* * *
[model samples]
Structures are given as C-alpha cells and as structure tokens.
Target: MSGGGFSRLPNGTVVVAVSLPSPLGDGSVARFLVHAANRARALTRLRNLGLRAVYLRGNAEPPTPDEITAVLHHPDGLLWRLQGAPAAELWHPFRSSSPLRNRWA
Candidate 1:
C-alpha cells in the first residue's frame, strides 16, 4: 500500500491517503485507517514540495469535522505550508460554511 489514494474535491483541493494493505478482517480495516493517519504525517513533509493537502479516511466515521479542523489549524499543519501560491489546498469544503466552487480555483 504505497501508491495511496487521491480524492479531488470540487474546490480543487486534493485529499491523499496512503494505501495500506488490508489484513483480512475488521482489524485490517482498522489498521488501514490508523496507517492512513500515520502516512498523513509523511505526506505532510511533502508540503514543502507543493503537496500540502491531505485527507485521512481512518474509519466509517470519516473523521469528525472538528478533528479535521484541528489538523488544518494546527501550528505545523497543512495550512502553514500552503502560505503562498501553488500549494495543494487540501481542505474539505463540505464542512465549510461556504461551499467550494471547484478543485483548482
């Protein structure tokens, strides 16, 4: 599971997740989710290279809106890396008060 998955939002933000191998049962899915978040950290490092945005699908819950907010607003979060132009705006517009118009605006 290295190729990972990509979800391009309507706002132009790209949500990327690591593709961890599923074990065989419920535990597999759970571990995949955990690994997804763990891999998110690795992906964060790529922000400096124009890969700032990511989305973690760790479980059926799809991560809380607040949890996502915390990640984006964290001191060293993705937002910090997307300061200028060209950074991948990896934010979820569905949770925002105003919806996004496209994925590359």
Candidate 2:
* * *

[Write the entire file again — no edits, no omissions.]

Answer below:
[model samples]
Structures are given as C-alpha cells and as structure tokens.
Target: MSGGGFSRLPNGTVVVAVSLPSPLGDGSVARFLVHAANRARALTRLRNLGLRAVYLRGNAEPPTPDEITAVLHHPDGLLWRLQGAPAAELWHPFRSSSPLRNRWA
Candidate 1:
C-alpha cells in the first residue's frame, strides 16, 4: 500500500491517503485507517514540495469535522505550508460554511 489514494474535491483541493494493505478482517480495516493517519504525517513533509493537502479516511466515521479542523489549524499543519501560491489546498469544503466552487480555483 504505497501508491495511496487521491480524492479531488470540487474546490480543487486534493485529499491523499496512503494505501495500506488490508489484513483480512475488521482489524485490517482498522489498521488501514490508523496507517492512513500515520502516512498523513509523511505526506505532510511533502508540503514543502507543493503537496500540502491531505485527507485521512481512518474509519466509517470519516473523521469528525472538528478533528479535521484541528489538523488544518494546527501550528505545523497543512495550512502553514500552503502560505503562498501553488500549494495543494487540501481542505474539505463540505464542512465549510461556504461551499467550494471547484478543485483548482
């Protein structure tokens, strides 16, 4: 599971997740989710290279809106890396008060 998955939002933000191998049962899915978040950290490092945005699908819950907010607003979060132009705006517009118009605006 290295190729990972990509979800391009309507706002132009790209949500990327690591593709961890599923074990065989419920535990597999759970571990995949955990690994997804763990891999998110690795992906964060790529922000400096124009890969700032990511989305973690760790479980059926799809991560809380607040949890996502915390990640984006964290001191060293993705937002910090997307300061200028060209950074991948990896934010979820569905949770925002105003919806996004496209994925590359």
Candidate 2: